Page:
Sunday, October 30, 2011

The Personally Controlled EHR (PCEHR). Are There Some Deeper Implications For the Consumer-Clinician Interactions?

The following article appeared a few days ago in the MJA Insight.

Sue Ieraci: Paternalism’s new practitioners

24 October 2011
WESTERN society’s view of doctors has changed substantially in the past few decades. What might previously have been regarded as special expertise and judgement is now seen as arrogance and paternalism.
As more of the general population has access to education about their health, it is only appropriate that orthodox medicine should adapt by providing more information, expressing uncertainty where it exists, and involving the patient in their care decisions. There is no doubt that this happens more than ever — and rightfully so.
Paradoxically, however, as orthodox medicine has become less paternalistic and increasingly based on evidence, more people are turning to practitioners who offer certainty in the guise of choice and empowerment.
At its worst, the outcomes of this “empowerment” can be devastating, as was the case in WA, when a woman was “influenced by misinformation and bad science” and refused orthodox medical treatment. The WA coroner was reported as saying that if the woman had not spent a year seeking the advice of a naturopath rather than seeing a doctor, she may have survived.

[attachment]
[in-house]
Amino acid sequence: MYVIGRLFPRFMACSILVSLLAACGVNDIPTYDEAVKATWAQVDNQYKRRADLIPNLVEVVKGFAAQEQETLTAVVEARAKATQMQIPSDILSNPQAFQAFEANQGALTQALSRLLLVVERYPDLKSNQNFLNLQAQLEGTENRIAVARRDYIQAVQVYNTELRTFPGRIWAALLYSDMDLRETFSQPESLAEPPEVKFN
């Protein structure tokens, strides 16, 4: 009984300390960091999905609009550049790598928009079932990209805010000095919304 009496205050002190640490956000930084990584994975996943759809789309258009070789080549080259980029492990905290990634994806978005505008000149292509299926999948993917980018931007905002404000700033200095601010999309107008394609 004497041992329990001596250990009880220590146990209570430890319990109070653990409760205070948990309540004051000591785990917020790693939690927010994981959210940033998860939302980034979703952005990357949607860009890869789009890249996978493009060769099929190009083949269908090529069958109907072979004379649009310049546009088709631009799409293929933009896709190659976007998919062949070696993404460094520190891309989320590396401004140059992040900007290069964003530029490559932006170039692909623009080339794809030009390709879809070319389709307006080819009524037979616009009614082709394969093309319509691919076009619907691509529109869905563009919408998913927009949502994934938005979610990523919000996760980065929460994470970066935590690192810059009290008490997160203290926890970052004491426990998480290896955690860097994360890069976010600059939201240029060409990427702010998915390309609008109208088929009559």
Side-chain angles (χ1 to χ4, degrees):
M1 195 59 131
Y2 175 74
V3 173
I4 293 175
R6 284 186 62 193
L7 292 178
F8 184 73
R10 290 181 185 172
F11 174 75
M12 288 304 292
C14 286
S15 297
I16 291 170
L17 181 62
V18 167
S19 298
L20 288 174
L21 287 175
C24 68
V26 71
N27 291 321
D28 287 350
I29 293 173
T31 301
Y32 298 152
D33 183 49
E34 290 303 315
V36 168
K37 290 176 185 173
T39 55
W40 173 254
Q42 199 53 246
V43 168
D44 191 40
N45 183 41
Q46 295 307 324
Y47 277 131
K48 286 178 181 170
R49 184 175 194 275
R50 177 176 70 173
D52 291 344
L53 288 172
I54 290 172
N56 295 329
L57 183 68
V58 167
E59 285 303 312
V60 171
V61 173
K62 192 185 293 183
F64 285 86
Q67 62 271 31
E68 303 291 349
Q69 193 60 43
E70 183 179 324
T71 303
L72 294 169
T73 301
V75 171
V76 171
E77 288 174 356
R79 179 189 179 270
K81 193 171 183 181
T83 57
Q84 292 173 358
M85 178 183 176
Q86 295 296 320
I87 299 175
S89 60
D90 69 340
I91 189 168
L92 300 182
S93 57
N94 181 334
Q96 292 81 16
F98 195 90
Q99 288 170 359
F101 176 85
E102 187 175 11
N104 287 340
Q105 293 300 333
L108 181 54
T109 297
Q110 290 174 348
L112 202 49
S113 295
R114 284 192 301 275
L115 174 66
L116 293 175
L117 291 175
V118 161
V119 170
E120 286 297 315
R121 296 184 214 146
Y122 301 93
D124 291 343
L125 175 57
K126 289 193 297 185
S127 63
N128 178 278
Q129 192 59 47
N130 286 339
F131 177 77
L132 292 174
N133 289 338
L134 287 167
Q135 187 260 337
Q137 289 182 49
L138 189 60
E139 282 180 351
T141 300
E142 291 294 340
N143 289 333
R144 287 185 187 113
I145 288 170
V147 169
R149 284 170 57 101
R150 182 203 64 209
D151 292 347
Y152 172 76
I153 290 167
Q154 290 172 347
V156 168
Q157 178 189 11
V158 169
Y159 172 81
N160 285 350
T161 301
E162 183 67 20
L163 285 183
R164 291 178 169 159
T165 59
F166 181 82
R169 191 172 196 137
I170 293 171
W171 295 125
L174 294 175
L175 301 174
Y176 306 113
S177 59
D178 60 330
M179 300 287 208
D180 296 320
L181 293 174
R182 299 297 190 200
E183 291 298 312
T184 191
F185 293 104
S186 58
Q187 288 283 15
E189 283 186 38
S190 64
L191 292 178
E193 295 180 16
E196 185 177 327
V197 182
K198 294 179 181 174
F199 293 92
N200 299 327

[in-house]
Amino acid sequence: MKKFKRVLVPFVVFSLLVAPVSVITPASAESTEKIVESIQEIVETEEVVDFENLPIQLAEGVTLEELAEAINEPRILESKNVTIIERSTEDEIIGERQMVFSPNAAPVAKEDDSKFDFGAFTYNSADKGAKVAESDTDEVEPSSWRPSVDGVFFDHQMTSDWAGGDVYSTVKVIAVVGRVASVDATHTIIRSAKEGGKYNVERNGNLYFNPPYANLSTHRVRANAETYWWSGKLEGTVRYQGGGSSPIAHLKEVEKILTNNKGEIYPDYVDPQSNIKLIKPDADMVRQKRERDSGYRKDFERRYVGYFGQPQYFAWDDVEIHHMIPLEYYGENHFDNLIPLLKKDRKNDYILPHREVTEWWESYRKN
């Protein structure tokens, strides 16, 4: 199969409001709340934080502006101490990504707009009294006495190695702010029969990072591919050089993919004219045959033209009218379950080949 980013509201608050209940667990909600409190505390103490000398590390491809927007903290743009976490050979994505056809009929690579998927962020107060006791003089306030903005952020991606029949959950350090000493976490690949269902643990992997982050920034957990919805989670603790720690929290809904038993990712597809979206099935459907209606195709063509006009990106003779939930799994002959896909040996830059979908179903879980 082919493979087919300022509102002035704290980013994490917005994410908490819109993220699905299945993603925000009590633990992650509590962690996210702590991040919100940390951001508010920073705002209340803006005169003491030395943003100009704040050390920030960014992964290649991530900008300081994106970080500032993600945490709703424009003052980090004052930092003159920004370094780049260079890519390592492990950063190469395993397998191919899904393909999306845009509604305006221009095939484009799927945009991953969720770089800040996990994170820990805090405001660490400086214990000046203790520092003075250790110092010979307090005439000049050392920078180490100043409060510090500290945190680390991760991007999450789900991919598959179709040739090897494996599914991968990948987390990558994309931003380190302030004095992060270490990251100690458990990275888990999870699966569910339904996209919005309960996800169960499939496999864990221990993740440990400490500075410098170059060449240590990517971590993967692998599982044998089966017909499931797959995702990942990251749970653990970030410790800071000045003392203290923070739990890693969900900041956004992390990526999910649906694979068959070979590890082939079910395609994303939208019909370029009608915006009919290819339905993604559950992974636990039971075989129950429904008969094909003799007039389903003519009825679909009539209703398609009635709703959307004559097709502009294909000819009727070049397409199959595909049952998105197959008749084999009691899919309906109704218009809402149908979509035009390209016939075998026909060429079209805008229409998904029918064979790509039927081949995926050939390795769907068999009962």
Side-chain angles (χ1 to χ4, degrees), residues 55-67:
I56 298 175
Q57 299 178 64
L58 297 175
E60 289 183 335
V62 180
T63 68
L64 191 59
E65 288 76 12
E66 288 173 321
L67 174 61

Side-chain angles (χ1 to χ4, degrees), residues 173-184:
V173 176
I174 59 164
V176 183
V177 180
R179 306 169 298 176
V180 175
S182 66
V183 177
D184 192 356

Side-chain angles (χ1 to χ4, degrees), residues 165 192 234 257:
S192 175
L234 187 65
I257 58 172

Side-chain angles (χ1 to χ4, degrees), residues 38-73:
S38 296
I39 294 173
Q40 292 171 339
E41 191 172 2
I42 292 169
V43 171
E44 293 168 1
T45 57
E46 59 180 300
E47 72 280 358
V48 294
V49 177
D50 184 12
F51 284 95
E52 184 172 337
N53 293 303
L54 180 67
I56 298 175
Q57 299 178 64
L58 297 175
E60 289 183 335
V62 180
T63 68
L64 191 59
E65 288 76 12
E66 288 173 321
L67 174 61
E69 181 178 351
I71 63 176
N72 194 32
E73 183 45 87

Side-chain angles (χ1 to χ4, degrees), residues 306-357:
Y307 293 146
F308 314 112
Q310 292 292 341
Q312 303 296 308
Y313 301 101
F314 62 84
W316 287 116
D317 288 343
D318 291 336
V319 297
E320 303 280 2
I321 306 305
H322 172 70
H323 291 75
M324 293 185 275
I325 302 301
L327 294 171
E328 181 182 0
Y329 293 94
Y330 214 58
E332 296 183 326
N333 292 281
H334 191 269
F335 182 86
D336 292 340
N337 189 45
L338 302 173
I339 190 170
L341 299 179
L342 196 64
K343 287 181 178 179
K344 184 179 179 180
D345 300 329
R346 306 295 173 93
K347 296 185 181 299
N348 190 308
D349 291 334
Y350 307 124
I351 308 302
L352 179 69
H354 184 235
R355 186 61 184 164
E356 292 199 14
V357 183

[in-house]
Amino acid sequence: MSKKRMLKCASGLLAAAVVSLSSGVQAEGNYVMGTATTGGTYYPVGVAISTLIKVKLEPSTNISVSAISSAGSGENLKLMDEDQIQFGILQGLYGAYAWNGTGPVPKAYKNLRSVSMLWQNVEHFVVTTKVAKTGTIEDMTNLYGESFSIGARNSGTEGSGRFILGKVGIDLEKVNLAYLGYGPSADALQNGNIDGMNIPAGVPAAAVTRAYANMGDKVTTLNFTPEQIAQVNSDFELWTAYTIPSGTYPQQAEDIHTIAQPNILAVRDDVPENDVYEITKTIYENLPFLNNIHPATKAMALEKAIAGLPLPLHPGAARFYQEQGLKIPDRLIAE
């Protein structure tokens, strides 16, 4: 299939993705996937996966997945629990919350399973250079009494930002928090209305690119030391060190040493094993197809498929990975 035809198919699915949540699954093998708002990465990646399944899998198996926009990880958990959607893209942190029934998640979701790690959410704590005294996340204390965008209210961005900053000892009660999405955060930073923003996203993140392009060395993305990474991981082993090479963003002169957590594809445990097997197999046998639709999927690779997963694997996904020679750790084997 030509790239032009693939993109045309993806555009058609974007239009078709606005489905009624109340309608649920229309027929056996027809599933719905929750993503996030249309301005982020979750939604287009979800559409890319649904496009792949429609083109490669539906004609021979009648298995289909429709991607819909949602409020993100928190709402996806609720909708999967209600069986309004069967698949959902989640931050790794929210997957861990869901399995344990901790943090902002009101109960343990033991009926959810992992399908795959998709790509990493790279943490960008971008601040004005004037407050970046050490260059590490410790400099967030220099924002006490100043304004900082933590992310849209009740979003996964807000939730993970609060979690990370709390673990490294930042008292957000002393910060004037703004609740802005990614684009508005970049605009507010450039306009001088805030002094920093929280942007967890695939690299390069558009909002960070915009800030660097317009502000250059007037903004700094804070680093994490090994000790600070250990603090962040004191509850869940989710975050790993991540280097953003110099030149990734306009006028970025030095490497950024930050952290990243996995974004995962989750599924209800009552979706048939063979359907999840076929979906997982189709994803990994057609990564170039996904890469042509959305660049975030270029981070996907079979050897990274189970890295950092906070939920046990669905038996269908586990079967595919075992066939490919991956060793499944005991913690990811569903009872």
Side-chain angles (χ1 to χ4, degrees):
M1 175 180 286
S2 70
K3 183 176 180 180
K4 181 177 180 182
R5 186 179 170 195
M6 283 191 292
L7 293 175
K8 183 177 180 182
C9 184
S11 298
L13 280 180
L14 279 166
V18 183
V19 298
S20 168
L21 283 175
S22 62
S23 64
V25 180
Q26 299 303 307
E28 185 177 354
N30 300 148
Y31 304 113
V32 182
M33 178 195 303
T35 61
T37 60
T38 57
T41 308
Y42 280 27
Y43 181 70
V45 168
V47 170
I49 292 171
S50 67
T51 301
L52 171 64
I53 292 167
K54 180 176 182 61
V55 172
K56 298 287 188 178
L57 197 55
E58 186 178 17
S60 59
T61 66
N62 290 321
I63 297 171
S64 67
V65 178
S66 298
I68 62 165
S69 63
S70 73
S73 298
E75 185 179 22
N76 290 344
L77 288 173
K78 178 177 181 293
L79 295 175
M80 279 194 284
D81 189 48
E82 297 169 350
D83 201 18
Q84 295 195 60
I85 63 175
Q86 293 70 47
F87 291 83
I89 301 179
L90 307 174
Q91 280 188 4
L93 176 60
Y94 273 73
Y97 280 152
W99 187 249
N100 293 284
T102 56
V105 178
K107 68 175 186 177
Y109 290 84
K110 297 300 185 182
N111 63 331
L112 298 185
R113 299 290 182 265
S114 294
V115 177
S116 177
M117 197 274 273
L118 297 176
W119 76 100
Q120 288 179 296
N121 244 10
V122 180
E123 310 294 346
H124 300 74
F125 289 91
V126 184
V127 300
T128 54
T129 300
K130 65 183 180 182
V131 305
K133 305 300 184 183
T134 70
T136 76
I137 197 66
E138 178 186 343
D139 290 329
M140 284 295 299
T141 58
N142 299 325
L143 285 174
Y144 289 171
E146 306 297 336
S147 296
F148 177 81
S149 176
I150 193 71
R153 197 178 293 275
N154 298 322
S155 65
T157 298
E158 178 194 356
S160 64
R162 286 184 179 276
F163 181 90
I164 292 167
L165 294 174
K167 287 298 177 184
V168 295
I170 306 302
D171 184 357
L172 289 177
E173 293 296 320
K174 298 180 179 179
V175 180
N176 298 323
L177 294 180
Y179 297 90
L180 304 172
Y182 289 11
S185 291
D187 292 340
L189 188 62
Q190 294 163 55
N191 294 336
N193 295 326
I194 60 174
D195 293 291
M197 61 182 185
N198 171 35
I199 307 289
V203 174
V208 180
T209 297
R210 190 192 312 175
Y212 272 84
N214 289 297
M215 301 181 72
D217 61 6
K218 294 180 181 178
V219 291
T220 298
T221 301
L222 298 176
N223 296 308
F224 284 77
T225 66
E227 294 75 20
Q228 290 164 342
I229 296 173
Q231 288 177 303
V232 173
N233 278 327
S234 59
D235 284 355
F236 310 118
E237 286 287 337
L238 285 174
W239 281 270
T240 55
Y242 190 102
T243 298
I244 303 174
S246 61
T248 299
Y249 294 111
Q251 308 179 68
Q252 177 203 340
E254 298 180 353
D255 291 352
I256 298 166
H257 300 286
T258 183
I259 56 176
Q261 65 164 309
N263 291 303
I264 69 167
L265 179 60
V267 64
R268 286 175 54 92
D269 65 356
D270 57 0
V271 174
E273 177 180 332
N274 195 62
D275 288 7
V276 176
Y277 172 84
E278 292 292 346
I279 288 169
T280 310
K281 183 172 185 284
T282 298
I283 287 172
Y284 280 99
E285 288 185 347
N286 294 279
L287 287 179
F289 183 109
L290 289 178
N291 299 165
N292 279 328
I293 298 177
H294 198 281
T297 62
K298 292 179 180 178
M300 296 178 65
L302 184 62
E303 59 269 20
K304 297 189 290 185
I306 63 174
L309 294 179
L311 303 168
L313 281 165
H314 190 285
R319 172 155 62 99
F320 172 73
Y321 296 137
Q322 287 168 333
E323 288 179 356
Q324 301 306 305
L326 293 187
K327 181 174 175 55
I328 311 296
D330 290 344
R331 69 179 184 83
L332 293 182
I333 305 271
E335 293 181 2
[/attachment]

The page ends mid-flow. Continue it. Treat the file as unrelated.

Maybe this case is an example of that fact that, while culturally we have turned away from “elitism” and moved towards the concepts of autonomy and choice, something in our humanity still seeks reassurance and certainty.
More here:
The two links cited point here:

Doctors and patients 'in parallel universes'

Hilda Bastian of the Consumers Health Forum claims most doctors don't treat patients as equal partners in medical decision making (Photo credit: British Medical Journal).
Despite the rhetoric of partnership, the reality is that most doctors don't treat patients as equal partners in medical decision making, according to an Australian health consumer advocate.
In this week's special issue of the British Medical Journal focusing on patient partnership, Ms Hilda Bastian, chairwoman of the Australian Consumers' Health Forum says that doctors need to work more equitably and effectively with patients.
"Many doctors retain the paternalistic view that they are the right people to speak and act for the people they care for," Ms Bastian says.
She says doctors often fail to acknowledge patients' own expertise in their condition and needs and feel threatened by those who are well informed. Patients, on the other hand find it difficult or frustrating when doctors appear not to have the information on offer.
Lots more here:
and to a report found here where an obviously intelligent women deferred treatment for her cancer for over a year from diagnosis (going with homeopathy) because she had concerns about the treatment.
See here:
What seems to be at issue in all this is how a patient is to navigate the health system, who they should trust for advice and who should be accountable when things go badly wrong.
In here article Dr Ieraci goes on to talk of the issue that faces a range of ‘holistic’ or ‘fringe’ practitioners who devote a lot of time to engaging the patient, empowering them and then really not providing, within that relationship, an honest assessment that there may be other more mainstream treatment choices. She then goes on to suggest this can be as ‘paternalistic’ as the no-discussion, my way or the highway, physician of old.